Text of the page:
I remember my first session vividly. I was an apprehensive 19-year-old who had no experience in any martial art or in-fact any contact sport. I was nervous, surrounded by unfamiliar faces, unsure of where to sit, what to do or even say. I just smiled when people looked my way, kept my head down and focused on the technique being taught; the last thing I wanted to do was draw attention to myself.
“When we go to the ground, you are in my world. The ground is the ocean, I am the shark, and most people don’t even know how to swim.”
At the time, the gym I joined had no classes for beginners; so it was straight in at the deep end for me. Let’s face it I was out of my depth. Just like the fish who had swum too far from the shore, I found myself surrounded by sharks. In hindsight, that wasn’t a bad thing, but at the time it was a big deal! Having said that it didn’t put me off. If anything I was inspired as they were all in my position once; it’s all a matter of perspective and I chose to take motivation from the fact, not frustration.
As a beginner, it is important to remember that if you want to get good at Jiu-Jitsu, you have to do Jiu-Jitsu. There is no miracle formula; it’s about investing your time into your training. Similarly, you are a beginner and therefore know nothing, this is a blessing if you look at it the right way as everything is exciting and new! View everything, including being “tapped” as a learning experience, instead of a beat-down from a higher belt. If you adopt this mindset, you will never find yourself disheartened or un-motivated.
“Brazilian Jiu-Jitsu is not about being better than someone else, it’s about being better than you used to be.”
Whatever the reason you decided to start training Jiu-Jitsu you will find yourself embarking on a journey of self-development; whether you realise it or not. Taking my own experience as an example, during the time I’ve trained Jiu-Jitsu I’ve noticed that my self-confidence has skyrocketed; something which used to be a struggle for me after a period of illness left me underweight.
Since I began training I haven’t looked back, I’ve transformed my life from being a sedentary university student to an active Jiu-Jitsu competitor. Although I’m still a white belt, the lessons I’ve learned so far have been invaluable. You find that problems you once had seemed trivial after a hard training session. Jiu-Jitsu teaches perseverance, commitment and problem-solving amongst many other cross-over skills that impact everyday life. Besides, there’s no greater way to de-stress… Oh, and you meet some awesome people too.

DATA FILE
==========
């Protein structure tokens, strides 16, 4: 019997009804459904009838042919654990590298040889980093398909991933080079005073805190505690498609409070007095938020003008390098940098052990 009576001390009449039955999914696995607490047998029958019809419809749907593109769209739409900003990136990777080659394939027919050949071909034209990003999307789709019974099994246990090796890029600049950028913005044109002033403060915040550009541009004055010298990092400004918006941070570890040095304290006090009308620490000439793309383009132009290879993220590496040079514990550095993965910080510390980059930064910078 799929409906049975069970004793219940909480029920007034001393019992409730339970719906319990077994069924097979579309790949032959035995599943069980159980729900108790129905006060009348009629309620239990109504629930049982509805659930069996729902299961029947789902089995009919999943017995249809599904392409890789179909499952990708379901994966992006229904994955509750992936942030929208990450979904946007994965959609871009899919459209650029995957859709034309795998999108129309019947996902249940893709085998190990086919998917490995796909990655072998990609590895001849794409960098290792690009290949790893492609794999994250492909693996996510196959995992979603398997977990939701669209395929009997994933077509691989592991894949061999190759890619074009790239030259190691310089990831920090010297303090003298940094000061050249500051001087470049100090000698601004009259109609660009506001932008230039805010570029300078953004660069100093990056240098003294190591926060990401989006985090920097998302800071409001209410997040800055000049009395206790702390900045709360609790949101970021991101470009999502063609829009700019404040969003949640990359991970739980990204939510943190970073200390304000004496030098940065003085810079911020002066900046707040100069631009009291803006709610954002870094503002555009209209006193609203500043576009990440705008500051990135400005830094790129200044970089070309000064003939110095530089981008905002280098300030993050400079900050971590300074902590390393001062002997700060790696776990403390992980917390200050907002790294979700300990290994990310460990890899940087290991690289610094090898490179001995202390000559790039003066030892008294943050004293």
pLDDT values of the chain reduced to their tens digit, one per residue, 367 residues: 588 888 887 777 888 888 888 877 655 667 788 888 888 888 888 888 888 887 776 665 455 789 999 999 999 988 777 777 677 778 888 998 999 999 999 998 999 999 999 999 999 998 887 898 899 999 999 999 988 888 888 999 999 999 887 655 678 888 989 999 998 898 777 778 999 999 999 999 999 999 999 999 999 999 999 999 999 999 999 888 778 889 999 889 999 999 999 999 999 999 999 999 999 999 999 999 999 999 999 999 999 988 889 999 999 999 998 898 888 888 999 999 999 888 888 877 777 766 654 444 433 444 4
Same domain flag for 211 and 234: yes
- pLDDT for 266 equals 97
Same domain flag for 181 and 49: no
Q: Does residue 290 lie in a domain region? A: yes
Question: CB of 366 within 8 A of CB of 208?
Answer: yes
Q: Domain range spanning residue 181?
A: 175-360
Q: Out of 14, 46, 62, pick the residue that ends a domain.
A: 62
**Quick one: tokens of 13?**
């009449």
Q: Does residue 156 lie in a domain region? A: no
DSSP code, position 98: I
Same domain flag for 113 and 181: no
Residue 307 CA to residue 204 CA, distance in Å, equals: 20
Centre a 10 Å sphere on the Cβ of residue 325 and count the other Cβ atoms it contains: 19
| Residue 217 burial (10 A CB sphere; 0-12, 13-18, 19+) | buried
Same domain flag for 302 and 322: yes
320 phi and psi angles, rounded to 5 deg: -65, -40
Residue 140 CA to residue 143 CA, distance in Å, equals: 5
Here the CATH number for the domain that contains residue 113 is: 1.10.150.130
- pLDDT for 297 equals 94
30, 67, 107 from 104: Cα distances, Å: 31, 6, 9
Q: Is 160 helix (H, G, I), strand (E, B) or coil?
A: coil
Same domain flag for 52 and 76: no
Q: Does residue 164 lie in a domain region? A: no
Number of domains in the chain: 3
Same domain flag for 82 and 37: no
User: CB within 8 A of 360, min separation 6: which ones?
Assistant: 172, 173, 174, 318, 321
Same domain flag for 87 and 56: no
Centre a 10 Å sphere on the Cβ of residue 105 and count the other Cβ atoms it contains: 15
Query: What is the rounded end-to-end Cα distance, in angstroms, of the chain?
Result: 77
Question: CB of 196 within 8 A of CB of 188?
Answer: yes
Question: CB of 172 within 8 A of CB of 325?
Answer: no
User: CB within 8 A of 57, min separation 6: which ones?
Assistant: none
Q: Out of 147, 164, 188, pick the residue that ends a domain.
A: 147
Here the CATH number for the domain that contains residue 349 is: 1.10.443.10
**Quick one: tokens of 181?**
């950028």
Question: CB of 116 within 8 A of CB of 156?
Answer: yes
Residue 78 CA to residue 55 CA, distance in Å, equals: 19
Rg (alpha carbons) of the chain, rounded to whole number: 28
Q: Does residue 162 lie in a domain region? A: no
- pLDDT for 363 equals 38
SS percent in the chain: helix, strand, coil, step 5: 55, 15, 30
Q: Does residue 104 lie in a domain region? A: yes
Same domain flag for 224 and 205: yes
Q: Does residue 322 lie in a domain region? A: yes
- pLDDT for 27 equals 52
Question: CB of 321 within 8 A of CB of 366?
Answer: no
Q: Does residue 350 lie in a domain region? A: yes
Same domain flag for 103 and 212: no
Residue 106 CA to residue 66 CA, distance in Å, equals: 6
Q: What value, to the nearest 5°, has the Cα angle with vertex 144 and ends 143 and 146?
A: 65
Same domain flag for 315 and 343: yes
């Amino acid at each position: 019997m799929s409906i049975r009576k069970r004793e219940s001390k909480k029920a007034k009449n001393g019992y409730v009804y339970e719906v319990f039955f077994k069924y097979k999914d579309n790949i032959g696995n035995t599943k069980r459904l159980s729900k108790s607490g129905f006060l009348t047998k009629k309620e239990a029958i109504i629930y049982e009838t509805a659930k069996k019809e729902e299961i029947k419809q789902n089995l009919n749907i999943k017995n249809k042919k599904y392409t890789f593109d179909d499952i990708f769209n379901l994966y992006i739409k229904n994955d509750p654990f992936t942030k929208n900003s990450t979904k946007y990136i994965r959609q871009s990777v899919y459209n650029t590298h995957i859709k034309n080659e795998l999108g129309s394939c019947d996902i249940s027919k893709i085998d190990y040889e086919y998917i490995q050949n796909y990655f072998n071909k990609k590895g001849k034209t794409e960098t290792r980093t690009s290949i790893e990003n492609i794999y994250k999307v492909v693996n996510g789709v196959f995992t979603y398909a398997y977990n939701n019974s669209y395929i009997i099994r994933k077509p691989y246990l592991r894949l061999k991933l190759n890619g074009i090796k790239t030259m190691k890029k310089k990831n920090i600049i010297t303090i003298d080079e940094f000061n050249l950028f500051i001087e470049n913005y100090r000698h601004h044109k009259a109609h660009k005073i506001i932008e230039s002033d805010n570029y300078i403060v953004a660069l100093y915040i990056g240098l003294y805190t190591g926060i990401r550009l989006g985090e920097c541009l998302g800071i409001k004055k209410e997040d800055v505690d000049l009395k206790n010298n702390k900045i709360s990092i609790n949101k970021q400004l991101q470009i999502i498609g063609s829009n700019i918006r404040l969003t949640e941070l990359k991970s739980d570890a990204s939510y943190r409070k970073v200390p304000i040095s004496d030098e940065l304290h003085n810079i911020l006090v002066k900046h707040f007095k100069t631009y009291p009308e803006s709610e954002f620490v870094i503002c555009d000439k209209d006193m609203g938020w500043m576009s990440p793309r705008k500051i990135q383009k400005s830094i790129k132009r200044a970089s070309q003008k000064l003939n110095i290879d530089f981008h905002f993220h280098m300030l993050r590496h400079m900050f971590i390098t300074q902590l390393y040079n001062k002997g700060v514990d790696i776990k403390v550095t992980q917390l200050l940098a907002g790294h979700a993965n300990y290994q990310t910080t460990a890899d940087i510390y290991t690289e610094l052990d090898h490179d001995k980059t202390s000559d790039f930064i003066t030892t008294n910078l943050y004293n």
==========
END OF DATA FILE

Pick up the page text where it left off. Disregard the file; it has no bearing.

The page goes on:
During my time training Jiu-Jitsu, I’ve learned a handful of things that I believe could benefit anyone who is at the beginning of their Jiu-Jitsu journey. Number 5 resonates with me the most as I suffer from lower back problems.
1. Leave your ego at the door, or at home!
Seriously, don’t walk into your new academy or gym thinking you’re going to beat anyone, at best you’ll survive. Approach training with an open mind, treat everything as a lesson, not a beat-down.
2. Practice makes perfect
With Jiu-Jitsu you get out of it what you put in. The best way to improve is to be consistent. Try to maintain a regular training schedule; this way you can practice what you’ve learned so far.
3. Don’t be afraid to ask questions
Your instructor and team-mates are there to help. As a beginner, you can learn something from everyone; take advantage of that. However, if you are going to ask a question make sure it’s appropriate to do so, for example, wait till after you’ve finished rolling instead of interrupting the roll.
4. Write techniques down
Keeping notes is a great way of solidifying your understanding, as well as tracking what you’ve learned so far. Personally, I use the notes section on my phone after class; this way I can access them quickly if needed.
5. Look after your body
Jiu-Jitsu is tough on your body. That’s a fact. As a beginner, it’s a good idea to invest in your body before training takes its toll. Yoga is a perfect way to keep your body in-tune; reducing the risk of injury.
Jiu-Jitsu offers a variety of things that appeal to people for different reasons, seek out the reason that brings you enjoyment and embrace it fully! For me, it was the constant state of learning. I have a naturally curious mind and enjoy the experience of expanding my own personal knowledge; it just so happens that through Jiu-Jitsu I have also discovered more about myself than I thought was possible. Since I started training in December 2016 I couldn’t imagine doing anything else; this is my passion.
I look at it this way. If you enjoy something, you should put everything you’ve got into the pursuit of your goals. Do what makes you happy, not what other people expect you to do. Whatever the reason you want to begin your Jiu-Jitsu journey; it’ll be worthwhile.
Does this post resonate with you? Perhaps you are a beginner unsure of what to expect, or a long-term grappler reminiscing their first step on their Jiu-Jitsu journey! Let me know your thoughts in the comments.
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